Economics in a picture
Euro area inflation expectations of professional forecasters remain well anchored
Since 2013, euro area inflation has remained at low levels, both in historical terms and in comparison with the ECB’s price stability objective. If long-term inflation expectations are well-anchored, these deviations of inflation from the central bank’s objective should be transitory, and inflation should gradually converge to that objective. In that case, negative surprises in observed inflation may transmit into lower short-run inflation expectations, but not into revisions of long-term expectations. It is therefore common to test if there is no significant relationship between short and long-term expectations as a way of assessing if long-term expectations are well-anchored.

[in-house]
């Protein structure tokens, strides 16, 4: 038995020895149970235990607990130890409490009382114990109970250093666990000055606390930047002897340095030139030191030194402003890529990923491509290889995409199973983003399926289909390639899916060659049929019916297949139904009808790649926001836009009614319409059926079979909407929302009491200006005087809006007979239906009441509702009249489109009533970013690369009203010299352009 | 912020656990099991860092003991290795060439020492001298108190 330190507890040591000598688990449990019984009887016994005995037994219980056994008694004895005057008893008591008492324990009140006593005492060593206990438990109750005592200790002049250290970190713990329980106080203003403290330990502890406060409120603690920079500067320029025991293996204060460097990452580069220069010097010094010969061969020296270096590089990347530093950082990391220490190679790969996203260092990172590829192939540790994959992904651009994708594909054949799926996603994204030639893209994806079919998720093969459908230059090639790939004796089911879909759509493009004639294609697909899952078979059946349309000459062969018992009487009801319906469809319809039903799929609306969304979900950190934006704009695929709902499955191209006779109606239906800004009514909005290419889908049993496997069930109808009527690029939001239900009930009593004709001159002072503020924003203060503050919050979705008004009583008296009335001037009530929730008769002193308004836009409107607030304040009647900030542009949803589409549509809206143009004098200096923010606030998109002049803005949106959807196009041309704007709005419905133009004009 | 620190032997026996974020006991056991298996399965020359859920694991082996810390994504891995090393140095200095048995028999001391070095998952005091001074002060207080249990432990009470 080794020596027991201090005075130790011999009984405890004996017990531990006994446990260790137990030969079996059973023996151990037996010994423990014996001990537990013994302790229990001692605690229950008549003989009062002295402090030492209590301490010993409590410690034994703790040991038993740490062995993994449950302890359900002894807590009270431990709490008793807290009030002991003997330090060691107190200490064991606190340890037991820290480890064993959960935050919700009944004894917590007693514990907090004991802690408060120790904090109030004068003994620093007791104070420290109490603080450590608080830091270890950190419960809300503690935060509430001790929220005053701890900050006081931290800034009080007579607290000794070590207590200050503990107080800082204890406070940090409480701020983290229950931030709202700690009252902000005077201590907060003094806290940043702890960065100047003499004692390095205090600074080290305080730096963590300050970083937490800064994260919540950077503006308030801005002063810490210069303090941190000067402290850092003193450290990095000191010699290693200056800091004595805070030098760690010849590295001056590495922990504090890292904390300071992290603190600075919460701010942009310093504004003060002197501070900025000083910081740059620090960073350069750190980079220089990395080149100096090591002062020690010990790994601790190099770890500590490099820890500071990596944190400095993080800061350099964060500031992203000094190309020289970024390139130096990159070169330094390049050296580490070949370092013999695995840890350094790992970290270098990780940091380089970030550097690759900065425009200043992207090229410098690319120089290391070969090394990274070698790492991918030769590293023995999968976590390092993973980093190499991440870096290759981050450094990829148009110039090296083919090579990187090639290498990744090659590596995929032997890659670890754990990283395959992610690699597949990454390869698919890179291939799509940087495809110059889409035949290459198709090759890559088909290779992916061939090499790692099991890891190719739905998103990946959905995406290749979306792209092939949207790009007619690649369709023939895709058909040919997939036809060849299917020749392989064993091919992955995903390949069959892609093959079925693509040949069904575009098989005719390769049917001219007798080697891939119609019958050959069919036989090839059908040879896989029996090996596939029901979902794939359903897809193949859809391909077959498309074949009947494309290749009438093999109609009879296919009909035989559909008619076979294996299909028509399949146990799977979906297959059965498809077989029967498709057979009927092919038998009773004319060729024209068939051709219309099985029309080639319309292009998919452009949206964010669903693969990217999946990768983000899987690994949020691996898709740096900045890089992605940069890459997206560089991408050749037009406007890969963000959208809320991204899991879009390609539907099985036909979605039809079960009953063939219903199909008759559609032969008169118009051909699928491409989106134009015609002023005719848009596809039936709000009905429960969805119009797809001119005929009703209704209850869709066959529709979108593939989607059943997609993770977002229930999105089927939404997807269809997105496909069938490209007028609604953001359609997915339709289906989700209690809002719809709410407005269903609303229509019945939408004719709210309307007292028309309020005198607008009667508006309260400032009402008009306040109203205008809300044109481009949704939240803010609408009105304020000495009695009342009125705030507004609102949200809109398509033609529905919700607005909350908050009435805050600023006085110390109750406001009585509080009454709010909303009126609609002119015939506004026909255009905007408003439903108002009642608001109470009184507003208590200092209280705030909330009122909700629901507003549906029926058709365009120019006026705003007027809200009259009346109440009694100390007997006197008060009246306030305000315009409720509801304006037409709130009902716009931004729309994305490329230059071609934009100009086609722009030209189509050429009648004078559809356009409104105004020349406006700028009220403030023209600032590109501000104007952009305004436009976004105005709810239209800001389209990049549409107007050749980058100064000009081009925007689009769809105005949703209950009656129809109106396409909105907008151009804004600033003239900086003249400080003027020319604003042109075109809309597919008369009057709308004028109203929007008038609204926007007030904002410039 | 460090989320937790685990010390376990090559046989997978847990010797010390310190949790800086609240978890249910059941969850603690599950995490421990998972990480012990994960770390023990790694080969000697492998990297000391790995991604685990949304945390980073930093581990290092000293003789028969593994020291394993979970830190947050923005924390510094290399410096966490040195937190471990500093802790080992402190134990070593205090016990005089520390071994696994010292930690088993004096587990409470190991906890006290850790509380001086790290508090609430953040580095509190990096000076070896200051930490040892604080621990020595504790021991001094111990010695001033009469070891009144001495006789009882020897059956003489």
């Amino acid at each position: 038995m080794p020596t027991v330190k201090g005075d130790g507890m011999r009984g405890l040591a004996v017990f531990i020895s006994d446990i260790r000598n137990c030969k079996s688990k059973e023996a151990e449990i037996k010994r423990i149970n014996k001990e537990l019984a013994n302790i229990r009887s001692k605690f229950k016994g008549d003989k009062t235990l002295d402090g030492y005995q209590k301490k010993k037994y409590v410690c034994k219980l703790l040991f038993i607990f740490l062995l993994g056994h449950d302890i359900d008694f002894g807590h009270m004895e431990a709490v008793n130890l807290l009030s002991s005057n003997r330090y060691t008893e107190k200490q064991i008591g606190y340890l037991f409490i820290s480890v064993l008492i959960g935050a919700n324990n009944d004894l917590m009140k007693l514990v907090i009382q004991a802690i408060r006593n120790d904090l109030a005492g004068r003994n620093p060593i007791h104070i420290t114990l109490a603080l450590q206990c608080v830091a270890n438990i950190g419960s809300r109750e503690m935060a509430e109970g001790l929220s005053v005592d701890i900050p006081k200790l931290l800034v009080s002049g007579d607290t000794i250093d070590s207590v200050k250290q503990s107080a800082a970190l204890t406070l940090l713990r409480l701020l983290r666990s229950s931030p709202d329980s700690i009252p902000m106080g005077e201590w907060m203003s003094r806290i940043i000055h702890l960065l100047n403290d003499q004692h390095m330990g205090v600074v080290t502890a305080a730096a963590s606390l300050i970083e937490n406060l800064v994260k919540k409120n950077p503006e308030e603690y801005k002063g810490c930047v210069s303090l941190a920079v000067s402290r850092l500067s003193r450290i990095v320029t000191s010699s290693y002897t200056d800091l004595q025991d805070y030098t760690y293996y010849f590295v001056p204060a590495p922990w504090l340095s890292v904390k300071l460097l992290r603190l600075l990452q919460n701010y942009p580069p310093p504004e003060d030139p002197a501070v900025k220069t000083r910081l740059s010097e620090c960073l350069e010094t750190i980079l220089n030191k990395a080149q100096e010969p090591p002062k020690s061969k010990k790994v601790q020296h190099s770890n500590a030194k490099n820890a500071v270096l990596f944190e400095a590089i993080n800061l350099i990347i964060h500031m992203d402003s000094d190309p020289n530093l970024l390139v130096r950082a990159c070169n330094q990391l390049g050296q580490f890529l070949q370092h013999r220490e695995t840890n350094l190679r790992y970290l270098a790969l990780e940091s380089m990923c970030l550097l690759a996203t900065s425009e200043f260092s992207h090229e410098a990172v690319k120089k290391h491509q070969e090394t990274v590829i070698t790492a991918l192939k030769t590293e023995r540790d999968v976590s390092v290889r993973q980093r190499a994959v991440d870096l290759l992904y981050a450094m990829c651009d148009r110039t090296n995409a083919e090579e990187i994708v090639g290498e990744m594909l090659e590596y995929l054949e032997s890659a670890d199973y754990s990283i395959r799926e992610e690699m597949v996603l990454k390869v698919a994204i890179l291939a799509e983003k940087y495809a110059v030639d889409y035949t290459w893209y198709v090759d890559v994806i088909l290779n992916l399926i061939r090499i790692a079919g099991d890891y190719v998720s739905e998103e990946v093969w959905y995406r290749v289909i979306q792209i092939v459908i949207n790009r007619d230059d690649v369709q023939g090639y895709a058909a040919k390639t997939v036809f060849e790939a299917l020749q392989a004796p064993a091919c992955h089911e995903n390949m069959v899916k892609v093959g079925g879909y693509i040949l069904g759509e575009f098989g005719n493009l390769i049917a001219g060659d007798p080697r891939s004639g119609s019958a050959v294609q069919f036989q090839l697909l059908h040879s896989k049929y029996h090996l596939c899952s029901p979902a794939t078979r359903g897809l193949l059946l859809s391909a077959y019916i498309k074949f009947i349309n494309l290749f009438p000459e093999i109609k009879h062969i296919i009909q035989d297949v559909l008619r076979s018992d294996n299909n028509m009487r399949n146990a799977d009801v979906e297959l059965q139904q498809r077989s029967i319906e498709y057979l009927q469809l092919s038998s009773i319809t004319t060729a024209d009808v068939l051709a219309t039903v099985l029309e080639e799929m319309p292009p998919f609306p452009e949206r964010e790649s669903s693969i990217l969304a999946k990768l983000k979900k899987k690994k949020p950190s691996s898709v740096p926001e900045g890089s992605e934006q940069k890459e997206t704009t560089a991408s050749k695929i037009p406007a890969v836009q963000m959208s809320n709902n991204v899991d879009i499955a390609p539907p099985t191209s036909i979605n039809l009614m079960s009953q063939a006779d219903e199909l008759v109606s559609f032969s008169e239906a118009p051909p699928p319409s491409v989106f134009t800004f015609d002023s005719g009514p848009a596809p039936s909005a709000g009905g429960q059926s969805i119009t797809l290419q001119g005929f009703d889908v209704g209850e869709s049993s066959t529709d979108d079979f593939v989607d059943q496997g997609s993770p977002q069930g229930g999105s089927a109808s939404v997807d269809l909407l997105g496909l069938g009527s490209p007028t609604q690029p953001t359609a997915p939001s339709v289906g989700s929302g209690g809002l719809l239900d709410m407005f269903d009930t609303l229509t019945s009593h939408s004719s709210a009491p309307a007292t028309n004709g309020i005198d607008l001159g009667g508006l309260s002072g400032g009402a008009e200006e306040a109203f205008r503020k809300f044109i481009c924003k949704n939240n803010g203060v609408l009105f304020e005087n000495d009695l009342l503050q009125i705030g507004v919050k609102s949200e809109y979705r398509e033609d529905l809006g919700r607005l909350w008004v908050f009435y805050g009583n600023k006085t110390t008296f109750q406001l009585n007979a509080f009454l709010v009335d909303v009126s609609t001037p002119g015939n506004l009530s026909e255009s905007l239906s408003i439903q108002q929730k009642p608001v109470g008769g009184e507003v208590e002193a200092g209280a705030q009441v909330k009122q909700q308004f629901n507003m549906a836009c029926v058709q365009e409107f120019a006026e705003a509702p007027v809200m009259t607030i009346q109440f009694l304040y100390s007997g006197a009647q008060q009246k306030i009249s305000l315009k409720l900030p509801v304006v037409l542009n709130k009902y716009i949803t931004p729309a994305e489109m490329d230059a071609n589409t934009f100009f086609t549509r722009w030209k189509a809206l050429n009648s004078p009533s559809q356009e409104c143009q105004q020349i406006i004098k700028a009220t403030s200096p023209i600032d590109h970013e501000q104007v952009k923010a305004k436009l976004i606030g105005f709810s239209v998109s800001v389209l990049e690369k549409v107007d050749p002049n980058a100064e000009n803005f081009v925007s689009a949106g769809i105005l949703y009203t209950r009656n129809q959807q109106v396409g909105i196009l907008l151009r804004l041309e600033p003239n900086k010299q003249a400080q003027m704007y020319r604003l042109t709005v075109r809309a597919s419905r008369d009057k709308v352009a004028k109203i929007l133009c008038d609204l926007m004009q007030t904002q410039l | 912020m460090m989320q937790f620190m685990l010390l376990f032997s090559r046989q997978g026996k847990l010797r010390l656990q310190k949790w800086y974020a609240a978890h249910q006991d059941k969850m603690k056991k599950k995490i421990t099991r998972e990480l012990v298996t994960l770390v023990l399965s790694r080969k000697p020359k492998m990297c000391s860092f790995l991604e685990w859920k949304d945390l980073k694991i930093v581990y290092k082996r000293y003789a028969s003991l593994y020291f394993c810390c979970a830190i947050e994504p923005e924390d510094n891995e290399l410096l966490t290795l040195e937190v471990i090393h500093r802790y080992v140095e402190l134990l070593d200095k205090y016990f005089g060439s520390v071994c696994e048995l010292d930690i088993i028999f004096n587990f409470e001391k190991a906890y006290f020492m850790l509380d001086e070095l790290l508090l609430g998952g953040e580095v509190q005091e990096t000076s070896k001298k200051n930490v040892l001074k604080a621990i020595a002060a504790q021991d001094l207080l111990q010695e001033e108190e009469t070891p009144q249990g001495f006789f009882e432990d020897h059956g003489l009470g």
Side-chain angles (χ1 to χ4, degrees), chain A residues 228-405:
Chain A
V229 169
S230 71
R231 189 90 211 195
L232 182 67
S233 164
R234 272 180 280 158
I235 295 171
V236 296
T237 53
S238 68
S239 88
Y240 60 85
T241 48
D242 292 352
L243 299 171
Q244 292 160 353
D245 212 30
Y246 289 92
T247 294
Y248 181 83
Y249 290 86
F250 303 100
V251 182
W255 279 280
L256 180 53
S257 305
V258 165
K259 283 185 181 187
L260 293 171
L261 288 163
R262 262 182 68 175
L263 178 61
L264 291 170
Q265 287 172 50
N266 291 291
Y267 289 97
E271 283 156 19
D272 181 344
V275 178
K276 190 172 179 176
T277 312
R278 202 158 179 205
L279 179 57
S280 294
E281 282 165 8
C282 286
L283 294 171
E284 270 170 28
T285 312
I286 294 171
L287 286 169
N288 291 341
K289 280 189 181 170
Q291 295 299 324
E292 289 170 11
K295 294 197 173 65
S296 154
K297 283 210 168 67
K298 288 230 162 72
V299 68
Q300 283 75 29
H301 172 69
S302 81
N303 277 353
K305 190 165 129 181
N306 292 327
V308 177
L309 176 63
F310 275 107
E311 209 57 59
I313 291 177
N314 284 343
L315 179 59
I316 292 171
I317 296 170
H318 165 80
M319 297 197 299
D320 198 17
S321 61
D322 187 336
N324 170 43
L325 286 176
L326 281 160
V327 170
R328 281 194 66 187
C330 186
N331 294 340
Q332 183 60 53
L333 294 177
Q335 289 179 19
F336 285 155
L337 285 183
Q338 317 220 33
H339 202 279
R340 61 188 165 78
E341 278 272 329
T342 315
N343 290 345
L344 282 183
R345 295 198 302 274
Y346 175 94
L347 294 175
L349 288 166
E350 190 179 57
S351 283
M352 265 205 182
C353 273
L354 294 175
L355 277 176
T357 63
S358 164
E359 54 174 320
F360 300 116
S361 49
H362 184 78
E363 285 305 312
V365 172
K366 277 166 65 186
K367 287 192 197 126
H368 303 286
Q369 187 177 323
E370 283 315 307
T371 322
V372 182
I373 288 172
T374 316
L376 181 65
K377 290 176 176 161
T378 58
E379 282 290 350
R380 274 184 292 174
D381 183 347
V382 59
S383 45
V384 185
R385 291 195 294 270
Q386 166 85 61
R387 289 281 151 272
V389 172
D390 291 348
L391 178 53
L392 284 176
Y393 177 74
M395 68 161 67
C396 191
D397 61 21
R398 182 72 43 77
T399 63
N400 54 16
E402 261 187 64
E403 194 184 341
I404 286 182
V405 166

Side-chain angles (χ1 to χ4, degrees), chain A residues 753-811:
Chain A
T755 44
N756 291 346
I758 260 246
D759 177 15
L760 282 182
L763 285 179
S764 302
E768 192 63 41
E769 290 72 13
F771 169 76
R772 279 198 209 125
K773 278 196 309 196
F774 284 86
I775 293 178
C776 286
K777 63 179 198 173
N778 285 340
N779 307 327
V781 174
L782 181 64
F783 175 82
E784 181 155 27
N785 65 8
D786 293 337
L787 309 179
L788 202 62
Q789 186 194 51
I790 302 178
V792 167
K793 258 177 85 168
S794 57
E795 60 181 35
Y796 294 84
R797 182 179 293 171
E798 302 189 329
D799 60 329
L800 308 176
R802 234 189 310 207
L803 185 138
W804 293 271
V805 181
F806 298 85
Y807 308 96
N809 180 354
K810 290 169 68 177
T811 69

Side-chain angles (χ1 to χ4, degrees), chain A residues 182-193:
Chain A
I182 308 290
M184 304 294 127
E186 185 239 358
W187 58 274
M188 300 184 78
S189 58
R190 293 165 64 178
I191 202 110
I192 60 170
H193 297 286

In the ECB’s Survey of Professional Forecasters, long-term expectations (4/5 years ahead) declined after 2013, but remained between 1.8% and 2.0%. In addition, the relationship between revisions in short-term expectations (for the current year) and long-term expectations continued to be significant only for a small fraction of individuals. This result suggests that expectations from this survey remain relatively well-anchored. Nevertheless, it should be noted that some researchers have found some signs of de-anchoring using this approach, especially when using inflation expectations extracted from financial market instruments.
For more details see Garcia and Iskrev (2019): “Inflation expectations in the Survey of Professional Forecasters: An exploratory analysis”, published in Banco de Portugal Economic Studies (Vol. 5, N. 2).
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